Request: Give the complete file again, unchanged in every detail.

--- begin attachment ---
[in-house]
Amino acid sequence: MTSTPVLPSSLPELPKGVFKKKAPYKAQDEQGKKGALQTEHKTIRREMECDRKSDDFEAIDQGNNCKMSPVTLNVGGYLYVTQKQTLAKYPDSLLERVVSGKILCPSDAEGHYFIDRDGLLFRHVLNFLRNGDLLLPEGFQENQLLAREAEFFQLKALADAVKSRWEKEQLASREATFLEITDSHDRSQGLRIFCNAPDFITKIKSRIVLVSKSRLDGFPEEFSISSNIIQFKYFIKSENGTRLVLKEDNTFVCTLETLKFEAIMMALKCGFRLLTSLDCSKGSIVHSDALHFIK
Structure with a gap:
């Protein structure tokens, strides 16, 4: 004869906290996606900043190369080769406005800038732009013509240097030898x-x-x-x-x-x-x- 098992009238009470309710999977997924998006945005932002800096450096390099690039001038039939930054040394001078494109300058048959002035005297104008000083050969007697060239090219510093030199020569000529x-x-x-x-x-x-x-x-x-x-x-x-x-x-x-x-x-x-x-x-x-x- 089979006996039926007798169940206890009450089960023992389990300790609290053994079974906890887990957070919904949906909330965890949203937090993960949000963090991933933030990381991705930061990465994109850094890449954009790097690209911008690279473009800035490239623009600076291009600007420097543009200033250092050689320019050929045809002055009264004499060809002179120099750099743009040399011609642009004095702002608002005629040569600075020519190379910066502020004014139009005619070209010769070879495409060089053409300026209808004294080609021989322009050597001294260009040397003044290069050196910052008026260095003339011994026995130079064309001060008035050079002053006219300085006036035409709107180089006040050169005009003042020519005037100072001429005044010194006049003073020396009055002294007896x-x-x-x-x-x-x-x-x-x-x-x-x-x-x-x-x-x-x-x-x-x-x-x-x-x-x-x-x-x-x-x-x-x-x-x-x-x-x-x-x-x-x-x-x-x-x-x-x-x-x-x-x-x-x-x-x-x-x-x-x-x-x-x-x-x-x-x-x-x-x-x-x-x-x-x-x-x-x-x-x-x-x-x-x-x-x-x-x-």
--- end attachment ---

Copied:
[in-house]
Amino acid sequence: MTSTPVLPSSLPELPKGVFKKKAPYKAQDEQGKKGALQTEHKTIRREMECDRKSDDFEAIDQGNNCKMSPVTLNVGGYLYVTQKQTLAKYPDSLLERVVSGKILCPSDAEGHYFIDRDGLLFRHVLNFLRNGDLLLPEGFQENQLLAREAEFFQLKALADAVKSRWEKEQLASREATFLEITDSHDRSQGLRIFCNAPDFITKIKSRIVLVSKSRLDGFPEEFSISSNIIQFKYFIKSENGTRLVLKEDNTFVCTLETLKFEAIMMALKCGFRLLTSLDCSKGSIVHSDALHFIK
Structure with a gap:
């Protein structure tokens, strides 16, 4: 004869906290996606900043190369080769406005800038732009013509240097030898x-x-x-x-x-x-x- 098992009238009470309710999977997924998006945005932002800096450096390099690039001038039939930054040394001078494109300058048959002035005297104008000083050969007697060239090219510093030199020569000529x-x-x-x-x-x-x-x-x-x-x-x-x-x-x-x-x-x-x-x-x-x- 089979006996039926007798169940206890009450089960023992389990300790609290053994079974906890887990957070919904949906909330965890949203937090993960949000963090991933933030990381991705930061990465994109850094890449954009790097690209911008690279473009800035490239623009600076291009600007420097543009200033250092050689320019050929045809002055009264004499060809002179120099750099743009040399011609642009004095702002608002005629040569600075020519190379910066502020004014139009005619070209010769070879495409060089053409300026209808004294080609021989322009050597001294260009040397003044290069050196910052008026260095003339011994026995130079064309001060008035050079002053006219300085006036035409709107180089006040050169005009003042020519005037100072001429005044010194006049003073020396009055002294007896x-x-x-x-x-x-x-x-x-x-x-x-x-x-x-x-x-x-x-x-x-x-x-x-x-x-x-x-x-x-x-x-x-x-x-x-x-x-x-x-x-x-x-x-x-x-x-x-x-x-x-x-x-x-x-x-x-x-x-x-x-x-x-x-x-x-x-x-x-x-x-x-x-x-x-x-x-x-x-x-x-x-x-x-x-x-x-x-x-």